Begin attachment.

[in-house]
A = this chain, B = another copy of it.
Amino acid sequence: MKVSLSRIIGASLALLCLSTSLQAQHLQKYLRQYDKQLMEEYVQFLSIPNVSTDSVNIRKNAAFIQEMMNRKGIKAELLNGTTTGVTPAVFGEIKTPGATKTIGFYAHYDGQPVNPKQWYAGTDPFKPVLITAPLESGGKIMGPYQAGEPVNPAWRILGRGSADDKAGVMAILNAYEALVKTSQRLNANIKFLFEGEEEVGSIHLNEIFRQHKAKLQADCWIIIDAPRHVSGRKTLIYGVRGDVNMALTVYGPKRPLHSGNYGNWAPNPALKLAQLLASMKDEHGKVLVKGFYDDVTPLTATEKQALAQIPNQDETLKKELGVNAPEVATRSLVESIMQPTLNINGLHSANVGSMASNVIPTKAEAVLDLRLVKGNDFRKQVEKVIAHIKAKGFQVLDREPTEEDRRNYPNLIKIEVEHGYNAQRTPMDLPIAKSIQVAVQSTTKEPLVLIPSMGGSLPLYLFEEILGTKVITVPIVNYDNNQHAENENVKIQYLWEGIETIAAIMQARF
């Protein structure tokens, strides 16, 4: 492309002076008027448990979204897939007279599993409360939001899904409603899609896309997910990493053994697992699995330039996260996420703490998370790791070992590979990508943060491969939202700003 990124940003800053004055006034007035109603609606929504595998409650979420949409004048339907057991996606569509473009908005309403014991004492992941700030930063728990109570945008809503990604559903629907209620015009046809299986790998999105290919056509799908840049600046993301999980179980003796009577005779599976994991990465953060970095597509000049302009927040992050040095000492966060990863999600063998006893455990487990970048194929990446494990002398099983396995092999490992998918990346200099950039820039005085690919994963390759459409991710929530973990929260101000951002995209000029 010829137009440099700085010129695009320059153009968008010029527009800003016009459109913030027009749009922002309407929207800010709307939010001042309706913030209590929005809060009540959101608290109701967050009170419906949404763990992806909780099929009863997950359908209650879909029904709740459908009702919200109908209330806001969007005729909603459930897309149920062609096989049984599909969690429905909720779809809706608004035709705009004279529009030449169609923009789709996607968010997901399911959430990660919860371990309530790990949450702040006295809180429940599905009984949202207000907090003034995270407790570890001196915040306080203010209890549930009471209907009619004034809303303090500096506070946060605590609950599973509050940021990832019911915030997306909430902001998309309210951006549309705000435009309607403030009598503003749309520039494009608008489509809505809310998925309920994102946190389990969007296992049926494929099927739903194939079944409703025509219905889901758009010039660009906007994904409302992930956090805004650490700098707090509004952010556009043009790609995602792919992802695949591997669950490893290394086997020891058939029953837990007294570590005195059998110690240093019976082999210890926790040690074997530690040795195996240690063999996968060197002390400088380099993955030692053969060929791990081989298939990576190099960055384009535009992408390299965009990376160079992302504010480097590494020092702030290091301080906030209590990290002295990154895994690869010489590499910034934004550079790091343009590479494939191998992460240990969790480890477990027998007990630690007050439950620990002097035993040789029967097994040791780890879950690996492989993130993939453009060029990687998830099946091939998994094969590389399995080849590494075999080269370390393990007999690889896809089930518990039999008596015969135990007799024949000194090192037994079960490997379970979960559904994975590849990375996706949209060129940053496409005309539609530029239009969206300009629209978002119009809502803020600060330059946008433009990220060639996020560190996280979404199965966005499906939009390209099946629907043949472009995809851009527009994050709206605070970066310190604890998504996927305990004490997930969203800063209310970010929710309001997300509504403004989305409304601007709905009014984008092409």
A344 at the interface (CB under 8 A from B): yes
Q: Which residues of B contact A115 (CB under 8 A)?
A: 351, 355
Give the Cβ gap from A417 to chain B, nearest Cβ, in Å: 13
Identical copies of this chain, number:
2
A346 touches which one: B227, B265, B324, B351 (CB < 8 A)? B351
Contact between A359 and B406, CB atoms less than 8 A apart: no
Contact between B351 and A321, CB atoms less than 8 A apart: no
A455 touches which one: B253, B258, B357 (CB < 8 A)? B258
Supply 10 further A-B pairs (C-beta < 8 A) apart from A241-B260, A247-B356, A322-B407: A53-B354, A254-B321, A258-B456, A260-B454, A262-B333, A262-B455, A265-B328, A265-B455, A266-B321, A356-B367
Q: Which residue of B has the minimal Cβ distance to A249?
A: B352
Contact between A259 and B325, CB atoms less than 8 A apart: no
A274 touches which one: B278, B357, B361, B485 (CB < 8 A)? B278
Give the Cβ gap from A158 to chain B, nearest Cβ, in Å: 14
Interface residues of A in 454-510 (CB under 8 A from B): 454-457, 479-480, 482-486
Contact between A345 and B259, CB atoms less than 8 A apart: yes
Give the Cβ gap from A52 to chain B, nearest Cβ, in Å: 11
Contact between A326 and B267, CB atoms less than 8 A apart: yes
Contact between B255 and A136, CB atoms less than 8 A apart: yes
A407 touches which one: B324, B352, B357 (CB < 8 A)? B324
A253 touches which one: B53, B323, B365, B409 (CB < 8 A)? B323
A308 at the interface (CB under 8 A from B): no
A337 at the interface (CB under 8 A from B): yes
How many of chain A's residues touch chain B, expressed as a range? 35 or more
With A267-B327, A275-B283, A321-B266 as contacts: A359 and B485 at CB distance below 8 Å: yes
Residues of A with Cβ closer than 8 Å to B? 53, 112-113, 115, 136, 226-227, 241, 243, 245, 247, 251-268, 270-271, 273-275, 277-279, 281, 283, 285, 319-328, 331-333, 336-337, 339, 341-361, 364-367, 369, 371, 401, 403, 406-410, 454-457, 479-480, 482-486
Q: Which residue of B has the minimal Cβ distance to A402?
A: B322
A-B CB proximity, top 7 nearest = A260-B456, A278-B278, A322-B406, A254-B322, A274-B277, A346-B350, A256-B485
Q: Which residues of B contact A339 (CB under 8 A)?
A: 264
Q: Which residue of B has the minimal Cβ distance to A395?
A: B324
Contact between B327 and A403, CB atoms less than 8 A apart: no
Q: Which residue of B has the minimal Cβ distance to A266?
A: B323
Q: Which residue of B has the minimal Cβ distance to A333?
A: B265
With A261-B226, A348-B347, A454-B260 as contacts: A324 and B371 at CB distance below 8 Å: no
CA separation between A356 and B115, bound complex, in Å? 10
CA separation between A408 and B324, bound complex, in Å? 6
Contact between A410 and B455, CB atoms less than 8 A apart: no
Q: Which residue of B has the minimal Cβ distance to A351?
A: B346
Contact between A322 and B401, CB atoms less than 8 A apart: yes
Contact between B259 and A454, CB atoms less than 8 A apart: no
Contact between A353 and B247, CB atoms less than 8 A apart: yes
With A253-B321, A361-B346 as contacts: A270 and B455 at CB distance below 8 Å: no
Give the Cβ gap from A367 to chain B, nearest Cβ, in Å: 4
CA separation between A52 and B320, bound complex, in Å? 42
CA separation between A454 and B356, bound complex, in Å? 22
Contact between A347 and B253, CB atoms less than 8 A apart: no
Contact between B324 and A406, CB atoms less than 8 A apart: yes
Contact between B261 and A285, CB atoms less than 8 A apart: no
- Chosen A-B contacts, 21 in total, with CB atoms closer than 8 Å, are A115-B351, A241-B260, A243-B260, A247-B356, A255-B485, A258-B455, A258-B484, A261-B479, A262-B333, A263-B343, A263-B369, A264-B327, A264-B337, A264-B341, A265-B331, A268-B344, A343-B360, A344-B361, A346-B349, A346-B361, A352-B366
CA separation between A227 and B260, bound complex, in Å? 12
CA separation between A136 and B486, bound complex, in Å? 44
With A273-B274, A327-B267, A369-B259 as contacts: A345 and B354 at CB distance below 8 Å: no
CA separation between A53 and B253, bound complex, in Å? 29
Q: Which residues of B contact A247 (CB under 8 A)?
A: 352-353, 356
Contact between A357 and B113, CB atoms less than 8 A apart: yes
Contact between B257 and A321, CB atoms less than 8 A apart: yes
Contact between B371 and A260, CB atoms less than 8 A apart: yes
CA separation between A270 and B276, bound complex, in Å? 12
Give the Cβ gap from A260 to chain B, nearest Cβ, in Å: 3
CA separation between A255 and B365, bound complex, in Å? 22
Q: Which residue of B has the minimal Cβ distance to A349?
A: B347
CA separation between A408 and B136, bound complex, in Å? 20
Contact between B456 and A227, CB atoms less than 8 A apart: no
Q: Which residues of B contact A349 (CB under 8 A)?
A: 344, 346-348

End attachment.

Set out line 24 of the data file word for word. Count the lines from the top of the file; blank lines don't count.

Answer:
Contact between A326 and B267, CB atoms less than 8 A apart: yes